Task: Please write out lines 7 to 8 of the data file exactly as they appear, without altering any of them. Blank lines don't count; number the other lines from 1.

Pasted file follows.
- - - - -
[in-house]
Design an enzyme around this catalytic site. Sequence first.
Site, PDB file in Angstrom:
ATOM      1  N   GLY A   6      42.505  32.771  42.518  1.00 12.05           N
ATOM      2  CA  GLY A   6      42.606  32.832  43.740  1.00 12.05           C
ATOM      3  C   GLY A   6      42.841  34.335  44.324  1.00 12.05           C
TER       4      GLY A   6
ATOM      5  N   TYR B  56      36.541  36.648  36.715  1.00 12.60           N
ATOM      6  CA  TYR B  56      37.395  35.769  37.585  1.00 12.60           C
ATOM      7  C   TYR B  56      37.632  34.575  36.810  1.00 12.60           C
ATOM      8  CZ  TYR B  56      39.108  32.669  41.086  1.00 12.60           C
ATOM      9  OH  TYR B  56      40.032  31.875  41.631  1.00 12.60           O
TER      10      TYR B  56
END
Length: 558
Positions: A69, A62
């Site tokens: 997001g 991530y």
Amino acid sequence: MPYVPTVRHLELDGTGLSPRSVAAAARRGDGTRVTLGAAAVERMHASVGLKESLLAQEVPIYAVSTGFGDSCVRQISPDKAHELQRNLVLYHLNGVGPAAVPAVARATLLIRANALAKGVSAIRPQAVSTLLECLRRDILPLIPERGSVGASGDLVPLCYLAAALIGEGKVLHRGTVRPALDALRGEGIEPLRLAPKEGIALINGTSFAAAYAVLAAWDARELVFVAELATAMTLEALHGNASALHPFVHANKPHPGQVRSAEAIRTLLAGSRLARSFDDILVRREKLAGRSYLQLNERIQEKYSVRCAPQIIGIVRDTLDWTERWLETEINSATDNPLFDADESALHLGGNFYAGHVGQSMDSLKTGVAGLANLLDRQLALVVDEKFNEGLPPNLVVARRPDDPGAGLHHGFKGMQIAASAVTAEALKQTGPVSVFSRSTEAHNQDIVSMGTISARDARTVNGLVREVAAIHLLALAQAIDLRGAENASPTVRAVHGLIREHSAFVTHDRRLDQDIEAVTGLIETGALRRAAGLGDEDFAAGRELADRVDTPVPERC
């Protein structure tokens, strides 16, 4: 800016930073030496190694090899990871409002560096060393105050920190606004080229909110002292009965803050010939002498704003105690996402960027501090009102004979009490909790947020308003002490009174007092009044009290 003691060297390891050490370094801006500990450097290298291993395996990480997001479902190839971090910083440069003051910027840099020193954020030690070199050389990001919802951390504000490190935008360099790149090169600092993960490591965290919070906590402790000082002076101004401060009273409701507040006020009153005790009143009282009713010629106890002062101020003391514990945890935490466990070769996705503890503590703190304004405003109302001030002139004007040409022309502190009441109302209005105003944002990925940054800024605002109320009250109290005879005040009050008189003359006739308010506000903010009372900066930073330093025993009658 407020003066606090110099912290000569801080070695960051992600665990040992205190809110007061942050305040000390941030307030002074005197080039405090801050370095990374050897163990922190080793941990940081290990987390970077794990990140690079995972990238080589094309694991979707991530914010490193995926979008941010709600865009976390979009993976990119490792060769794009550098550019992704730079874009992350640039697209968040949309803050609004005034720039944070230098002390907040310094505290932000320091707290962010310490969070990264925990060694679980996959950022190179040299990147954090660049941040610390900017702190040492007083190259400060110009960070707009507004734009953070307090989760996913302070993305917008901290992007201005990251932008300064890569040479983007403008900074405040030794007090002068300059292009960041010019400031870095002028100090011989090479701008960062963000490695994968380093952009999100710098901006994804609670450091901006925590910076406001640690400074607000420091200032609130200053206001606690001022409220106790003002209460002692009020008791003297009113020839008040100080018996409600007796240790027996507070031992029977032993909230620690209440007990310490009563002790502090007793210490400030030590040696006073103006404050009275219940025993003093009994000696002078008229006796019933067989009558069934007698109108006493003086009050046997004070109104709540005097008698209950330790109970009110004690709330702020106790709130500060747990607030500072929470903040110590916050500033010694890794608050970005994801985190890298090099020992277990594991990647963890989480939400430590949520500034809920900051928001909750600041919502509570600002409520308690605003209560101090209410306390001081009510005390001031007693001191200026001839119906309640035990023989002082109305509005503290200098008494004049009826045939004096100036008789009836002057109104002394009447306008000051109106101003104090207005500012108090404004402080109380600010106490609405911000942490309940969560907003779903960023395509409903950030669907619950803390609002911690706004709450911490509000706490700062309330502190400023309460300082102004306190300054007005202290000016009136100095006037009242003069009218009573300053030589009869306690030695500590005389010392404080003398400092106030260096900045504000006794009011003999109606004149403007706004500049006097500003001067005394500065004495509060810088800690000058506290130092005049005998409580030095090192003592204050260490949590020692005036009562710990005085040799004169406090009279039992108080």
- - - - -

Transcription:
TER       4      GLY A   6
ATOM      5  N   TYR B  56      36.541  36.648  36.715  1.00 12.60           N